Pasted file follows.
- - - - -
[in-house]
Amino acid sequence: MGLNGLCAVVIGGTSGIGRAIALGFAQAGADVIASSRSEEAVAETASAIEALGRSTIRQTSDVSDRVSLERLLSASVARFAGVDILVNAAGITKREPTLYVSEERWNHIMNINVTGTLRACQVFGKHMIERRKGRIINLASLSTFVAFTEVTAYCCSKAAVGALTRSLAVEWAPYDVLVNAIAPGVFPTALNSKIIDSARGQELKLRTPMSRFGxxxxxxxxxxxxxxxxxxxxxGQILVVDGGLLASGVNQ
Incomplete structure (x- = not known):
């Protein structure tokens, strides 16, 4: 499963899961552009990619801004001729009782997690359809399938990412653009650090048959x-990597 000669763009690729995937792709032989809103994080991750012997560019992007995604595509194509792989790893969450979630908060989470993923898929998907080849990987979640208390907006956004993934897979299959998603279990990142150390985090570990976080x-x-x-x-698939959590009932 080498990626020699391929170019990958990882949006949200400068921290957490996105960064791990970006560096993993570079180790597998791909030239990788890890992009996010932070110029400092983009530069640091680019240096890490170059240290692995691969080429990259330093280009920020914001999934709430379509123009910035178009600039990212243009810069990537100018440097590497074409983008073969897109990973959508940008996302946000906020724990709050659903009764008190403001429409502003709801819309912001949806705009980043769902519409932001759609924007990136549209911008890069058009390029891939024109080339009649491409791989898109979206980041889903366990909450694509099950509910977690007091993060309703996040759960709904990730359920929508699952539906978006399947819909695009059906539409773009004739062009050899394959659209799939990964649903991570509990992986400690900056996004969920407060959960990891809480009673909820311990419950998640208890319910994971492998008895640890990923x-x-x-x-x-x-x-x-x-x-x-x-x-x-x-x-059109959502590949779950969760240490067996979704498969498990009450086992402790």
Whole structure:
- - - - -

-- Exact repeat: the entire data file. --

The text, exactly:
[in-house]
Amino acid sequence: MGLNGLCAVVIGGTSGIGRAIALGFAQAGADVIASSRSEEAVAETASAIEALGRSTIRQTSDVSDRVSLERLLSASVARFAGVDILVNAAGITKREPTLYVSEERWNHIMNINVTGTLRACQVFGKHMIERRKGRIINLASLSTFVAFTEVTAYCCSKAAVGALTRSLAVEWAPYDVLVNAIAPGVFPTALNSKIIDSARGQELKLRTPMSRFGxxxxxxxxxxxxxxxxxxxxxGQILVVDGGLLASGVNQ
Incomplete structure (x- = not known):
């Protein structure tokens, strides 16, 4: 499963899961552009990619801004001729009782997690359809399938990412653009650090048959x-990597 000669763009690729995937792709032989809103994080991750012997560019992007995604595509194509792989790893969450979630908060989470993923898929998907080849990987979640208390907006956004993934897979299959998603279990990142150390985090570990976080x-x-x-x-698939959590009932 080498990626020699391929170019990958990882949006949200400068921290957490996105960064791990970006560096993993570079180790597998791909030239990788890890992009996010932070110029400092983009530069640091680019240096890490170059240290692995691969080429990259330093280009920020914001999934709430379509123009910035178009600039990212243009810069990537100018440097590497074409983008073969897109990973959508940008996302946000906020724990709050659903009764008190403001429409502003709801819309912001949806705009980043769902519409932001759609924007990136549209911008890069058009390029891939024109080339009649491409791989898109979206980041889903366990909450694509099950509910977690007091993060309703996040759960709904990730359920929508699952539906978006399947819909695009059906539409773009004739062009050899394959659209799939990964649903991570509990992986400690900056996004969920407060959960990891809480009673909820311990419950998640208890319910994971492998008895640890990923x-x-x-x-x-x-x-x-x-x-x-x-x-x-x-x-059109959502590949779950969760240490067996979704498969498990009450086992402790």
Whole structure: